Immigration Ban Blocked for Now, Romanian Protesters Aren’t Done Yet: The Weekend Behind, the Week Ahead
- By Emily TamkinEmily Tamkin is a staff writer at Foreign Policy. She writes for FP’s The Cable, a real-time take on the news in Washington and the wider world. She has been at FP since the fall of 2016, before which she was an associate editor at New America, a nonpartisan think tank in Washington. She has a B.A. in Russian literature from Columbia University, an M.Phil. in Russian and East European studies from the University of Oxford, and studied Soviet dissidence in archival centers in Moscow, Tbilisi, and, on a Fulbright, in Bremen — all of which means that at FP, she writes when she can on Russia and Central and Eastern Europe.
The fallout from U.S. President Donald Trump’s executive order to ban citizens from seven Muslim-majority countries continued over the weekend.
On Friday, a federal judge in Seattle, Washington temporarily blocked the enforcement of the order. The Department of Homeland Security and Department of State both announced they would comply with that judicial decision (despite the president’s tweets of frustration). On Sunday, the Ninth Circuit Court of Appeals denied an emergency request filed by the Department of Justice to put the ban back in effect.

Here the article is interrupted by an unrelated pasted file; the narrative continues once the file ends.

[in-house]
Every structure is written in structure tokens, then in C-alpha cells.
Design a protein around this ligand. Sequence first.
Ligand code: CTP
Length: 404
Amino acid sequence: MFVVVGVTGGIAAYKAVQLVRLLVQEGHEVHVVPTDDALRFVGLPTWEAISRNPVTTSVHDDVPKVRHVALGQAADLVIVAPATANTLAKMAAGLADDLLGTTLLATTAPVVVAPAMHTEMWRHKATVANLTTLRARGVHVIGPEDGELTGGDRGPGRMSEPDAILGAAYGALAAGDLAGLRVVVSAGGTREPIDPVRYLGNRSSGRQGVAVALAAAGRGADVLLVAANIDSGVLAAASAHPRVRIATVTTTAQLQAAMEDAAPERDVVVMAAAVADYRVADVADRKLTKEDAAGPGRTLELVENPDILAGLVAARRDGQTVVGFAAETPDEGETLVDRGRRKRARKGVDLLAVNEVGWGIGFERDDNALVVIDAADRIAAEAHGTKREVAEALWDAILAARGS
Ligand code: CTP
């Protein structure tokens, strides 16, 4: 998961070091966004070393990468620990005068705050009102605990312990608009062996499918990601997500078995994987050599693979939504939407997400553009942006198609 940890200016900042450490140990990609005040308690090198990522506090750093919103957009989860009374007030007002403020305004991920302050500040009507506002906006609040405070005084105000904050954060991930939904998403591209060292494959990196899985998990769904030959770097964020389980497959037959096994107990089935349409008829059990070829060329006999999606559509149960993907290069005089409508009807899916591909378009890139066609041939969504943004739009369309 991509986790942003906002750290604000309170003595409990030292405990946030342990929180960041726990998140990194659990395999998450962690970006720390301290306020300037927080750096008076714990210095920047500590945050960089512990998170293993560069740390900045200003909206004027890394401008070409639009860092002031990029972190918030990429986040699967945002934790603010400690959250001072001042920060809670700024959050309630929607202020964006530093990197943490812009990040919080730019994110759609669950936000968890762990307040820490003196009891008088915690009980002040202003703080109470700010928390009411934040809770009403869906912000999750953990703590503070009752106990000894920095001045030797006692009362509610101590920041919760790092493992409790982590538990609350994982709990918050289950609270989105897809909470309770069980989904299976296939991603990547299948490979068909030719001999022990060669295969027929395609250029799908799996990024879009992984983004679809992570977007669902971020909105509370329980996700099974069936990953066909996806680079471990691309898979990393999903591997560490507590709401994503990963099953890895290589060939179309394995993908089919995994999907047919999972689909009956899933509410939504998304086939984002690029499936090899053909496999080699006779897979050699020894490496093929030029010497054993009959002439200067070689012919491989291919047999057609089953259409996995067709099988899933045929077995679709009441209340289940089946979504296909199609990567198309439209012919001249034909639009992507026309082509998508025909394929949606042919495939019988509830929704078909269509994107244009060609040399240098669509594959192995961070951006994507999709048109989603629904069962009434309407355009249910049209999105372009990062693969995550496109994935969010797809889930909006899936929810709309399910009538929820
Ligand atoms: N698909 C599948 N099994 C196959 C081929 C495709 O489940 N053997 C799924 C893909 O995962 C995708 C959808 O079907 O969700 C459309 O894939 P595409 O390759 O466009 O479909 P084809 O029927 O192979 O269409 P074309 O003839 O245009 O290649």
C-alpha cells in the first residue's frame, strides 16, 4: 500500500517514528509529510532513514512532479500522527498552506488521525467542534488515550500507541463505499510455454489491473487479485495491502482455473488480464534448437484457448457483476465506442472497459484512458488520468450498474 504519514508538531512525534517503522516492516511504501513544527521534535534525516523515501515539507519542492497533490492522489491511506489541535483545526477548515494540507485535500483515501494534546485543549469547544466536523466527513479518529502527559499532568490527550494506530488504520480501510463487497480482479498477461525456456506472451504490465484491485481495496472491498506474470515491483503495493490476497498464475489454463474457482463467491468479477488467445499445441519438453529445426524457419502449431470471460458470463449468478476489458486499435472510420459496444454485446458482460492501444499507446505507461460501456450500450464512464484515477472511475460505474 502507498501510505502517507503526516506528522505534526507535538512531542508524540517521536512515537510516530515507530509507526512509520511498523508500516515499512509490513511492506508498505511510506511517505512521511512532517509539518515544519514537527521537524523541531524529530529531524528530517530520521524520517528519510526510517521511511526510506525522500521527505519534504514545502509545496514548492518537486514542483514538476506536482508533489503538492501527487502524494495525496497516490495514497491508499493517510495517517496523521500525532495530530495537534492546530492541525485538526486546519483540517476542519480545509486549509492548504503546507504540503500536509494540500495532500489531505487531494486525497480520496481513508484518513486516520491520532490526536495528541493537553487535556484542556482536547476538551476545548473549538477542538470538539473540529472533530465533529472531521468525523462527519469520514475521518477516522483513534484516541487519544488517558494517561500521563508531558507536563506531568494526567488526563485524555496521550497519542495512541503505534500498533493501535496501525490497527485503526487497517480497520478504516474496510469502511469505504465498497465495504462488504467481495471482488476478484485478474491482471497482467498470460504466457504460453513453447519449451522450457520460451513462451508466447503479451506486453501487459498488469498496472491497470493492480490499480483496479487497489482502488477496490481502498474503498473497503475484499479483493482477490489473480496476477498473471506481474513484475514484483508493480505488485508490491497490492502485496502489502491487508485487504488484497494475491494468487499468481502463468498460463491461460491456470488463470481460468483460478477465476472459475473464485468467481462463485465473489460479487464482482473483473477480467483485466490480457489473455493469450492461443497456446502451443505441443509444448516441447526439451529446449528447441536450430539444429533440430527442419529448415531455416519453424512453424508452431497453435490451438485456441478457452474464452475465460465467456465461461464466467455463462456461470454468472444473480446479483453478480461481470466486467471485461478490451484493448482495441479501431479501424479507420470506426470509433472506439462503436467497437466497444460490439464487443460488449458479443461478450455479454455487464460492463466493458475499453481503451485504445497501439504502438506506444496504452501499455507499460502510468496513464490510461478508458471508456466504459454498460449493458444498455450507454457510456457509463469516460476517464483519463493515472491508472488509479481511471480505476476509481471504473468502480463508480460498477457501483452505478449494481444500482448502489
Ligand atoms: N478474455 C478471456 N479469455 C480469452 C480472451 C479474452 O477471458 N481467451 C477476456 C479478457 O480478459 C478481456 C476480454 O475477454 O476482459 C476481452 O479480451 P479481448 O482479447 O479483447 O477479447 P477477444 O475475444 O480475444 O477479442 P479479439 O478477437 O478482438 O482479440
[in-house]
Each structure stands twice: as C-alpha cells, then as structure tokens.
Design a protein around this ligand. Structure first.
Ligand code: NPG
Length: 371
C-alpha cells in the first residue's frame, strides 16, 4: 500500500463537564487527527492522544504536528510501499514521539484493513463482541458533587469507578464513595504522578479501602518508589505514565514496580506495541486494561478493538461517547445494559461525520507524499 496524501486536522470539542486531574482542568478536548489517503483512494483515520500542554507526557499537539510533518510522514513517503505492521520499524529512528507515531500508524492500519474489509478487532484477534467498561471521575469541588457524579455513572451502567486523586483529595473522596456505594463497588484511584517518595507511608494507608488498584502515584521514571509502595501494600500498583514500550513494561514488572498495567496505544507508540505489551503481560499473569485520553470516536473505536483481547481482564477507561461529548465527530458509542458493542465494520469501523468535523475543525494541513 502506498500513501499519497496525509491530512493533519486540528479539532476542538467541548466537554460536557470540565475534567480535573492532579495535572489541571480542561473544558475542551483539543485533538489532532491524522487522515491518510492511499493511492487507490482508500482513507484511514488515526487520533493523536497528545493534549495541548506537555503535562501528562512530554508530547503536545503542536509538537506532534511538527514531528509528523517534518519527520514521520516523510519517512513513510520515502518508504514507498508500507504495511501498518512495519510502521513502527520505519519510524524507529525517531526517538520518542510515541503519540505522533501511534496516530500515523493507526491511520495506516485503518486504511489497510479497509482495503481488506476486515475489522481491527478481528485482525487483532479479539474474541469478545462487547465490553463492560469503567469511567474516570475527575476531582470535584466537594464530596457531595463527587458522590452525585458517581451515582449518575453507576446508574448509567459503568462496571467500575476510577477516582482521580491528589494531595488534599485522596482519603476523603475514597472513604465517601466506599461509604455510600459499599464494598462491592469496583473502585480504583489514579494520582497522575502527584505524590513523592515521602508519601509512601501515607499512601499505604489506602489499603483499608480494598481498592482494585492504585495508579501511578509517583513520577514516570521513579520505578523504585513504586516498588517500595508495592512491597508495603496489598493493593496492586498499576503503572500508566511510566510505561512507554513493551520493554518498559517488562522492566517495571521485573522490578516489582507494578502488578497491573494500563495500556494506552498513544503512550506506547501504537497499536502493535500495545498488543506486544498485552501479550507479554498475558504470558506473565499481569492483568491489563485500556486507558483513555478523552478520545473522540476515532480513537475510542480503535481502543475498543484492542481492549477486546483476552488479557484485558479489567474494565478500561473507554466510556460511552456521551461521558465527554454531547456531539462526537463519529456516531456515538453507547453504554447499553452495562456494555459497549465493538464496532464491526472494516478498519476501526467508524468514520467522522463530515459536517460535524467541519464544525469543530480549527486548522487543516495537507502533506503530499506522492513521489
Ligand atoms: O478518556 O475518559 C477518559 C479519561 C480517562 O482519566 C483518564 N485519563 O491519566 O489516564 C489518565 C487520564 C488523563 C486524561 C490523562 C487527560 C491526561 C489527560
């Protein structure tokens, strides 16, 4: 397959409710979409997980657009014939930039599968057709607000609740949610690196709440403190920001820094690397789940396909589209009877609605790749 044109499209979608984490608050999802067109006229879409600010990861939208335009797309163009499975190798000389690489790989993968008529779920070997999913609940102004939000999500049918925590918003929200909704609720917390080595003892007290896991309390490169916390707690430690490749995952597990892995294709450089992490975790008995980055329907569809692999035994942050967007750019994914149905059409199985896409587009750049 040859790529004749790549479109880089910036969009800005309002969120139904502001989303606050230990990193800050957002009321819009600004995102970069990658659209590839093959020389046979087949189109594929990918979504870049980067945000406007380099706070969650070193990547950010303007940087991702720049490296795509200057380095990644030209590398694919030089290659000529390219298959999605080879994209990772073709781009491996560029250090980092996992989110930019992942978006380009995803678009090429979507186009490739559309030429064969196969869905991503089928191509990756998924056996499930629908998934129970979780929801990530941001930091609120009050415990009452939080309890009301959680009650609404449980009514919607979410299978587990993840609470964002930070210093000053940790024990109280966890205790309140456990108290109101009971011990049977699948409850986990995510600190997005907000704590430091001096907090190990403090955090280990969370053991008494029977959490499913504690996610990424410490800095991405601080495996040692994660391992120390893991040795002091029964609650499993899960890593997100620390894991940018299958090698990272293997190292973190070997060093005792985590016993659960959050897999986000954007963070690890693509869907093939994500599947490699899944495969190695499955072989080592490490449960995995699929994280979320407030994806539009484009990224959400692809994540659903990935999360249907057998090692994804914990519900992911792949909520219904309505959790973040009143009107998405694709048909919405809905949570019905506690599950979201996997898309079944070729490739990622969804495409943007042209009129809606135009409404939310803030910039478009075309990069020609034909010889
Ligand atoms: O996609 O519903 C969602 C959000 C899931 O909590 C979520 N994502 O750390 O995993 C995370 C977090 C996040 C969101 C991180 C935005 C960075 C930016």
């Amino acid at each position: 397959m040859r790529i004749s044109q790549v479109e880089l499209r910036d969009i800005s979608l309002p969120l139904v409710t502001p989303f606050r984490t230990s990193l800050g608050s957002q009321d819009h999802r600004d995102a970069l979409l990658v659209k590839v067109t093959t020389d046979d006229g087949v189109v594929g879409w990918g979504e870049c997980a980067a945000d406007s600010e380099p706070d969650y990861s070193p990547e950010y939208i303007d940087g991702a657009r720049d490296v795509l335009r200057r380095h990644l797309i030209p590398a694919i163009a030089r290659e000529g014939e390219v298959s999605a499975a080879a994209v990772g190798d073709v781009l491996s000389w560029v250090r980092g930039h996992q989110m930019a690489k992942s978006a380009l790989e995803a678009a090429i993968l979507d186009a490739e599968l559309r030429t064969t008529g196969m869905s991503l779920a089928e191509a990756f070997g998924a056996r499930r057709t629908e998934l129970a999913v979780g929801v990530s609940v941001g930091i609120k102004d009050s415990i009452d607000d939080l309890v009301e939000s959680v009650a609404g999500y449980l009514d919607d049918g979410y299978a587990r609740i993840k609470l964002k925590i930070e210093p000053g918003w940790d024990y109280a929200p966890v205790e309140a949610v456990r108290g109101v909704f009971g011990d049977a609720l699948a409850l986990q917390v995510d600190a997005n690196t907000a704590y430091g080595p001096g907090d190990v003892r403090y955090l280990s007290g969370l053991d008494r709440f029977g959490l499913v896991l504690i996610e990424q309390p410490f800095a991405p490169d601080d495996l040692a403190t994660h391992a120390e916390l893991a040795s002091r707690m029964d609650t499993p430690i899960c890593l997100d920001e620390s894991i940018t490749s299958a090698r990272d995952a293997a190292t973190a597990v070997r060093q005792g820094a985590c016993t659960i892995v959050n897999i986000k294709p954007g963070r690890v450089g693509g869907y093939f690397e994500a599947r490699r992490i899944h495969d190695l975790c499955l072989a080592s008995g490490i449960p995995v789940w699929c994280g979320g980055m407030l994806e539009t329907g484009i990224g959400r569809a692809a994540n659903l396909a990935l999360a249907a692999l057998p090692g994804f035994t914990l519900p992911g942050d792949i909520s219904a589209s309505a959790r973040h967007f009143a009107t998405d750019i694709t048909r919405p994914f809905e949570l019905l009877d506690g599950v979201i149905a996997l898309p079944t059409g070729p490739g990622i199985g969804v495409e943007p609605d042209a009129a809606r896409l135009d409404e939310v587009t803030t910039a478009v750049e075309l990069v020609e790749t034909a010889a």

But that does not mean the ban is gone for good. The court asked both sides to file legal briefs before making its final decision. The suspension of the ban is in effect for now. Lawyers for Washington and Minnesota state have until Monday afternoon to file legal papers; those for the Department of Justice, until Monday evening. A three-judge panel will then either hold a hearing or rule.
Also this weekend, protests continued — and not only in the United States.
Tens of thousands of Romanians took to the streets to protest a law that would decriminalize official misconduct. The law was ostensibly meant to deal with overcrowded prisons, but was widely interpreted as a way to let politicians — including Liviu Dragnea, leader of the ruling party — go unpunished for corruption. Facing the largest protest since the fall of communist rule, the Romanian government announced it would scrap the law on Sunday. Prime Minister Sorin Grindeanu said he did not want to divide Romania.
But it may be too little, too late for that: tens of thousands rallied to call for Grindeanu’s resignation after his announcement.
Russia, meanwhile, is making headlines by crafting them. On Sunday, Russian state media outlet Sputnik ran an article suggesting French presidential candidate Emmanuel Macron is a paid agent of the United States. Macron is widely seen as the only a frontrunner who can challenge the sometimes Russia-backed, always Russia-friendly Marine Le Pen, leader of the far-right National Front. Russian influence in European elections continues to be a story to watch in the week, and weeks, ahead.
Photo credit: ANDREI PUNGOVSCHI/AFP/Getty Images